Do You Speak Your Love’s Language?

Ways of expressing love vary between cultures: some say it, others show it. So how does expressing love translate in cross cultural relationships?

I was out for a walk and talking with my husband John over the phone, when I bumped into an acquaintance of ours.

I waved to him, and he asked me how John was.

“Why not check with him yourself?” I said as I conveniently handed him the phone.

I soon heard John say how much he misses me and our son Jaden.

“I don’t think Charlene misses me as much as I miss her,” he continued.

“I am super busy and have no time to miss anyone,” I tried to explain with embarrassment.

This was not the first time I was caught in this kind of embarrassment. John knows better than anyone I am not comfortable saying  “I love you” or “I miss you” in front of people, but he always makes me.

Although his tricks are sometimes annoying, I appreciate the changes he has brought to me over the years.

“I know it is difficult to change the way you communicate with your parents. I sincerely want you to have a healthier relationship with Jaden,” he told me.

I never begrudge saying “love,” “sorry” or” thank you” to my son. I tell him I love him every day.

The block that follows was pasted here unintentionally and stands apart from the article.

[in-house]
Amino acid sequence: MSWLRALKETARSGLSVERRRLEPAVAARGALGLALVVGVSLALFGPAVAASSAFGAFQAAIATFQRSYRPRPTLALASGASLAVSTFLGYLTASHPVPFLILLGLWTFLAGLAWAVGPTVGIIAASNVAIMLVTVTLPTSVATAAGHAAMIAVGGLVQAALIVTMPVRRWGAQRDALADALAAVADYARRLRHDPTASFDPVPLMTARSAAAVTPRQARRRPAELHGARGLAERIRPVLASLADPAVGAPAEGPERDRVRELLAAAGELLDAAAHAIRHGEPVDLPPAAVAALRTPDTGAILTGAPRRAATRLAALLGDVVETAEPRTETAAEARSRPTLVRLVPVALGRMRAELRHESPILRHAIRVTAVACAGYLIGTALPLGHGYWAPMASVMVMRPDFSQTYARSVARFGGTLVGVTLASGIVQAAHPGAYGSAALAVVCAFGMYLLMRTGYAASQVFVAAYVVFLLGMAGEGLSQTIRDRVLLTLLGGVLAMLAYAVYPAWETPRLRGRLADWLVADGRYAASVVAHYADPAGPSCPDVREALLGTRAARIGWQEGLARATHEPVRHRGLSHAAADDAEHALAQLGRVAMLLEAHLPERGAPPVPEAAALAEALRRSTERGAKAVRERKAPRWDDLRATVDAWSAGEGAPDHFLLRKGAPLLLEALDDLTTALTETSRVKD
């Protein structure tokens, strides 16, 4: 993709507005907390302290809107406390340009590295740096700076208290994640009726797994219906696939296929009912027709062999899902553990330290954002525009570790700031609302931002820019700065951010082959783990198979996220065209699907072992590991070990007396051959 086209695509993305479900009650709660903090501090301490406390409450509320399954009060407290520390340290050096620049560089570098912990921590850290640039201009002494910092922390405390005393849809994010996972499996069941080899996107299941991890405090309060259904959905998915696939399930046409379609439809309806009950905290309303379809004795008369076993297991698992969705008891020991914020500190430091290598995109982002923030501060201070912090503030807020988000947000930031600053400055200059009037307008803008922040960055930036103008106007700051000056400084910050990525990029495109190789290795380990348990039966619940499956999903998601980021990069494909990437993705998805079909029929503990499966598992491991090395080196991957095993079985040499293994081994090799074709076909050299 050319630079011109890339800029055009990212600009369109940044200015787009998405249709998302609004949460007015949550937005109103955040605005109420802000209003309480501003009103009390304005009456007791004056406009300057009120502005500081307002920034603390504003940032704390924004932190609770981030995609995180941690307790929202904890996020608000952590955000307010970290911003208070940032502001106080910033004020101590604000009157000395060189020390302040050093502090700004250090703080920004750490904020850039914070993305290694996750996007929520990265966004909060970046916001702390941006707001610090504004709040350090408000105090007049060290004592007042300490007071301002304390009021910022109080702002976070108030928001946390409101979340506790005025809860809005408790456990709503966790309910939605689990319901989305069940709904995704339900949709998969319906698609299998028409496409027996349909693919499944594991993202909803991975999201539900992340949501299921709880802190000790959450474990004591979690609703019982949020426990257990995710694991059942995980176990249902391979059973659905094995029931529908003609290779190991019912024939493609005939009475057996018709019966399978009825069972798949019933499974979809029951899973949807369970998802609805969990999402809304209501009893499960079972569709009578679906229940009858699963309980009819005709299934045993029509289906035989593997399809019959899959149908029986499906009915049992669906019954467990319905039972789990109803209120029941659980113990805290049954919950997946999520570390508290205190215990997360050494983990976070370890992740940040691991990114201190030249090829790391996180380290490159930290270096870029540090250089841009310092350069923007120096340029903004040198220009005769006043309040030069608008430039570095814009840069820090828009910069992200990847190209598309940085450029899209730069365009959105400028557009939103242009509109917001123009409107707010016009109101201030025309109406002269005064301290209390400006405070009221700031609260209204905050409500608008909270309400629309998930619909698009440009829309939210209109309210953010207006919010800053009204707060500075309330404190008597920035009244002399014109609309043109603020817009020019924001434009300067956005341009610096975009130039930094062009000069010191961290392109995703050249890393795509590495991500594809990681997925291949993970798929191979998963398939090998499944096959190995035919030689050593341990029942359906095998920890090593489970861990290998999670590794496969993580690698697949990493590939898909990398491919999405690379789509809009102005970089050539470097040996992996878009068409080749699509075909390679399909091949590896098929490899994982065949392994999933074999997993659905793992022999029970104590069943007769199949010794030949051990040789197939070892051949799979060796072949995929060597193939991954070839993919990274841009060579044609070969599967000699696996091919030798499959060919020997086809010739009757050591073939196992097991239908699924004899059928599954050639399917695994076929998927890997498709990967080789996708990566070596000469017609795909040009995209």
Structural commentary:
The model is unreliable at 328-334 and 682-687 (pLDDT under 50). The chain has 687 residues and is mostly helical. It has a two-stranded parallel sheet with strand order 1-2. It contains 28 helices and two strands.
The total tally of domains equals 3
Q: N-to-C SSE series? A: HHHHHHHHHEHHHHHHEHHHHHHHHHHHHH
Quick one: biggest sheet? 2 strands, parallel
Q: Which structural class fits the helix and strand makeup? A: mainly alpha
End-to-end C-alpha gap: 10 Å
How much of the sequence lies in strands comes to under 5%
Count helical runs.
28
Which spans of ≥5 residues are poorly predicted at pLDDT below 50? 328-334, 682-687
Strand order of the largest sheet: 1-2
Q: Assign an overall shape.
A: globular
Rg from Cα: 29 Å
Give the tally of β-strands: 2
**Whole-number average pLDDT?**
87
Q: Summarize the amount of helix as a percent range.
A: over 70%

This is completely different from my parents when I was a kid. If I remember correctly, my father never said love to me and only said he missed me once. It was during my first year in college and the first time I was far away from my parents. I would call them regularly to report what I did, what I ate and how the weather was. It was always the same. One day, a short silence came after my routine report, and “I miss you,” burst from my father’s mouth.

I was deeply moved. I knew how much he must have missed me to let those words out. He does not have to say those words to ensure his love for me. I have always known.

Chinese parents tend to disguise their love and care with high expectations, strict requirements and sometimes even harsh words and punishment.

If a child falls and starts crying, the parents would likely chastise their child for not being careful. In the meantime, they are checking how bad the wounds are. If a child gets a 99 percent on a test, they tell their child there is no reason for them to be satisfied when they could have gotten a 100 percent. While the parents are talking down to their child, they are bragging to other parents about how well their child did.

I cannot push my parents to say “I love you” as John does to me. Luckily, I found a smart way to achieve the same effect. I was teaching Jaden baby sign language and my mother happened to pick up a few sign words.

She signs “I love you” to Jaden as easy as waving goodbye. It is much less pressing and far more comfortable for my parents to show their love with a simple sign rather than words.